Review by Sean Boelman
A treat for any fans of the influential ‘90s hip-hop group, Beastie Boys Story is a new “live documentary” directed by acclaimed filmmaker and frequent Beastie Boys music video collaborator Spike Jonze (Her). An intimate and in-depth account of the group’s rise to fame and success, this is a viewing experience that is equal parts entertaining and emotional.
The movie is a recording of a multimedia performance put on by surviving Beastie Boys members Adam Horovitz and Mike D, in which they recount their story for a live audience and the cameras. As is the case with many performance films, the main appeal of Beastie Boys Story is that it gives viewers a front-row ticket to a live event that they couldn’t experience for one reason or another.
The pacing of the movie is largely dictated by the pacing of Horovitz and Mike D’s performance, and thankfully, they have a strong enough stage presence to carry the two-hour runtime. Jonze does add some cinematic flourishes, like a brief introduction that sets the stage for what we are about to see, but for the most part, he allows the Beastie Boys to tell their own story.
Horovitz and Mike D simply command the stage from the second they walk on to the moment they bow. Their rags-to-riches story isn’t too dissimilar from ones that have been documented in film before, but Horovitz and Mike D prove with this movie that they are not only great musicians, but also great performers, able to be absolutely captivating as storytellers as well.
But above everything else, this is a beautiful love letter to friendship. Yes, Horovitz and Mike D are telling the story of how they became one of the most iconic hip-hop groups in all of music history, but this is also the story of three friends from New York that got together to do something they loved. The film is a loving tribute to the third member of the group, Adam Yauch, who tragically lost his fight with cancer in 2012.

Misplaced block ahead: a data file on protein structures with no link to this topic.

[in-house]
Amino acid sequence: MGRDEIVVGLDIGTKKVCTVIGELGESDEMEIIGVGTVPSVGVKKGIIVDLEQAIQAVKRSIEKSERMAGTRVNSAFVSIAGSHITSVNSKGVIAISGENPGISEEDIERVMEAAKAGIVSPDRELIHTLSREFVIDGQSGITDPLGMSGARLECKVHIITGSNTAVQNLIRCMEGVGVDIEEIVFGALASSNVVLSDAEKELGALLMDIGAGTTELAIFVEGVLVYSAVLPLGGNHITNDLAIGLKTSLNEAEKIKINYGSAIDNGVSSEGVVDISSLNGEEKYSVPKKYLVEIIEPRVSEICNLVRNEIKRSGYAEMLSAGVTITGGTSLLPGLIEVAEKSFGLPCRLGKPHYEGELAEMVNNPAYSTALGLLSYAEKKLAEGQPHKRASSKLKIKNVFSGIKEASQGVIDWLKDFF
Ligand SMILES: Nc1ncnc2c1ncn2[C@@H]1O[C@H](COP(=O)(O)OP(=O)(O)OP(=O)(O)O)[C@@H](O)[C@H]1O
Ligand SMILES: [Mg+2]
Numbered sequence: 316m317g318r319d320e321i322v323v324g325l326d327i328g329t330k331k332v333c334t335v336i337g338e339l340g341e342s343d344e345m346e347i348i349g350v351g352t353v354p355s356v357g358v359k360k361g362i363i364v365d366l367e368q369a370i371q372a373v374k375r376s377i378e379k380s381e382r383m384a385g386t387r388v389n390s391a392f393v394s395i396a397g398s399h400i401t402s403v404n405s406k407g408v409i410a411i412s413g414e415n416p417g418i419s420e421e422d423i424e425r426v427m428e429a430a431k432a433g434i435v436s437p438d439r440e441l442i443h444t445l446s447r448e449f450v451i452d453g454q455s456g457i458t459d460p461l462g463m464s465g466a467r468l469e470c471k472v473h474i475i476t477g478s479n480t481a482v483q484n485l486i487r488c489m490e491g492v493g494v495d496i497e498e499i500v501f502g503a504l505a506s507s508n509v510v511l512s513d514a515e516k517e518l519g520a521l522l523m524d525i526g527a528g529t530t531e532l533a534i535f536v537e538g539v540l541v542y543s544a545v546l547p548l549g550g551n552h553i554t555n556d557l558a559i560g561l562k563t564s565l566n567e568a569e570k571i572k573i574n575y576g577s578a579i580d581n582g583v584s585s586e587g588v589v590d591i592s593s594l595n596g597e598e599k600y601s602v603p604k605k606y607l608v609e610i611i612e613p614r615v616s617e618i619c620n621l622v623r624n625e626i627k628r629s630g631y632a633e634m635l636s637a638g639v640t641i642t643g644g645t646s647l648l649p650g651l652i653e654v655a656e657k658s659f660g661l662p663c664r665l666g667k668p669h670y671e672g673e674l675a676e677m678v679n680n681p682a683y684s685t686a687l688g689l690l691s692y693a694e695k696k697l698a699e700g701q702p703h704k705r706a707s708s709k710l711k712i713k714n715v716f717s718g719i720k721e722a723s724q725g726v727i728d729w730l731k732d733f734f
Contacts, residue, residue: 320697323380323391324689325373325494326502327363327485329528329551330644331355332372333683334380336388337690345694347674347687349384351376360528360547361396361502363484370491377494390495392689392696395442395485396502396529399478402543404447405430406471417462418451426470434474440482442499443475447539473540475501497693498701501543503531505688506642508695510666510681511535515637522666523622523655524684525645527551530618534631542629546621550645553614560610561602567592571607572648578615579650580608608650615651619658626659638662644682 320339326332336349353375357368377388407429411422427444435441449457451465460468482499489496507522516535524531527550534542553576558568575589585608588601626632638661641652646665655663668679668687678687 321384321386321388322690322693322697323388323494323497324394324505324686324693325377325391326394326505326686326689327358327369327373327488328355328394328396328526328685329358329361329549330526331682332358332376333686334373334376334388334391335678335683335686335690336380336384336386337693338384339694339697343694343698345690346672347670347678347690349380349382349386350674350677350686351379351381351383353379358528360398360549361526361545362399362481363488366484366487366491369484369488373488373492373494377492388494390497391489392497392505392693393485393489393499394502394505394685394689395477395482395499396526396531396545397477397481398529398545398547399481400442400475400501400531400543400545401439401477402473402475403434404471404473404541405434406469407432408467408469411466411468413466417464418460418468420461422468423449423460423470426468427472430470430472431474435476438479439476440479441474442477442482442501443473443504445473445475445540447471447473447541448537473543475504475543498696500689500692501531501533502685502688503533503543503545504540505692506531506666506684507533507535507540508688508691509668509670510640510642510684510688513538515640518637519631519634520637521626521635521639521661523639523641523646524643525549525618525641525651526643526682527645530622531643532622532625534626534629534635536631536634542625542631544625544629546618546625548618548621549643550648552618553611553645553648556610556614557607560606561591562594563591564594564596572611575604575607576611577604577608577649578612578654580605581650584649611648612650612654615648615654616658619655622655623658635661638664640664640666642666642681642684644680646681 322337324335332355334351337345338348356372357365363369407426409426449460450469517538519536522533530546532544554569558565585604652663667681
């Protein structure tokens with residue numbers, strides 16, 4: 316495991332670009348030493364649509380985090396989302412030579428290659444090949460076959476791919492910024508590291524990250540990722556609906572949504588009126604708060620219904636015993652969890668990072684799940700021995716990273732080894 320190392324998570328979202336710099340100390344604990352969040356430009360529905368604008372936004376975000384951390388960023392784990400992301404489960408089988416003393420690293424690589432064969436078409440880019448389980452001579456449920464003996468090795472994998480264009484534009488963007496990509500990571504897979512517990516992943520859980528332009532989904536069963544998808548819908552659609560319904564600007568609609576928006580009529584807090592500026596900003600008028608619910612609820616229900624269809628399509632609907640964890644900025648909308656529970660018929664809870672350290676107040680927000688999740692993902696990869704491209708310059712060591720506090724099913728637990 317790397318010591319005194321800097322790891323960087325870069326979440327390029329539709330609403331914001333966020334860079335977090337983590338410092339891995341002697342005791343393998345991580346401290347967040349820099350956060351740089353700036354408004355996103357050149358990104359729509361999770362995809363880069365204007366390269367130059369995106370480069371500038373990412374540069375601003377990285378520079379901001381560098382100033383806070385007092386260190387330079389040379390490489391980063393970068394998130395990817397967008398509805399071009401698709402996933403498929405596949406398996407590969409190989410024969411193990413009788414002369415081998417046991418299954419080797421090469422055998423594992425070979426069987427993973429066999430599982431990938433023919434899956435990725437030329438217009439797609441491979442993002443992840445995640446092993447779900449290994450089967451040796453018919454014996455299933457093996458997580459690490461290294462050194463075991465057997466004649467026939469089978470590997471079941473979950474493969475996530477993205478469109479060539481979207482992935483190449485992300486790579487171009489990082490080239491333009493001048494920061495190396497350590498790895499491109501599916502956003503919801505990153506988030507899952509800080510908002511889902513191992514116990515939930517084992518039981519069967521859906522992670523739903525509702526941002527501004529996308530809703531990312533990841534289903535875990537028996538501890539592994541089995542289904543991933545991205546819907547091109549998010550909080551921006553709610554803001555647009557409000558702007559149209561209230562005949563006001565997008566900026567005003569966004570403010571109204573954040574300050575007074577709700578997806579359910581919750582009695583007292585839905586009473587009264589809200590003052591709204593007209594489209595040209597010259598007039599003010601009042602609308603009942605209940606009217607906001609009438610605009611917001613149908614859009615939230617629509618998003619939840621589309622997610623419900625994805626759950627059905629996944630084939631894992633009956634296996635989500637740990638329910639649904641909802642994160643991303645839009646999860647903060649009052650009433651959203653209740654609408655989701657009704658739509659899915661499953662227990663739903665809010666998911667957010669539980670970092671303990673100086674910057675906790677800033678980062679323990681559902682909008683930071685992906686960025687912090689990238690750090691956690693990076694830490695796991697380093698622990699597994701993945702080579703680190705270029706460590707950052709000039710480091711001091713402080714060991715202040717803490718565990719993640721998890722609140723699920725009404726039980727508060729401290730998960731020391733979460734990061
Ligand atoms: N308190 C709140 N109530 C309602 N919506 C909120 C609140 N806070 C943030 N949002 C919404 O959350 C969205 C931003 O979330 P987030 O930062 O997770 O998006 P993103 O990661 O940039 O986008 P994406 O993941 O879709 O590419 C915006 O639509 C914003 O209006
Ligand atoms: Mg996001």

For a recorded performance, the movie is definitely very cinematic thanks to Spike Jonze’s prowess behind the camera. While the IMAX release that was initially planned for the film before the closure of theaters may not have been entirely necessary, the camera takes a very dynamic approach to the stage and makes the viewer feel as if they were actually watching this show at the Kings Theater in Brooklyn.
That said, the thing about the movie that may disappoint fans is that it doesn’t heavily utilize the group’s music. Yes, clips from their songs and music videos do make an appearance, but often only as a bridge between sections of the speech. The only sequences that are reliant on music are the introduction and the credits, both additions for Jonze’s film.
Beastie Boys Story may not be the definitive Beastie Boys documentary, but it offers a nostalgia-packed trip down memory lane for both audiences and the performers. It isn’t the most urgent viewing, but it’s a pleasant and immersive watch, particularly for those who grew up listening to the group’s music.
Beastie Boys Story debuts on Apple TV+ on April 24.
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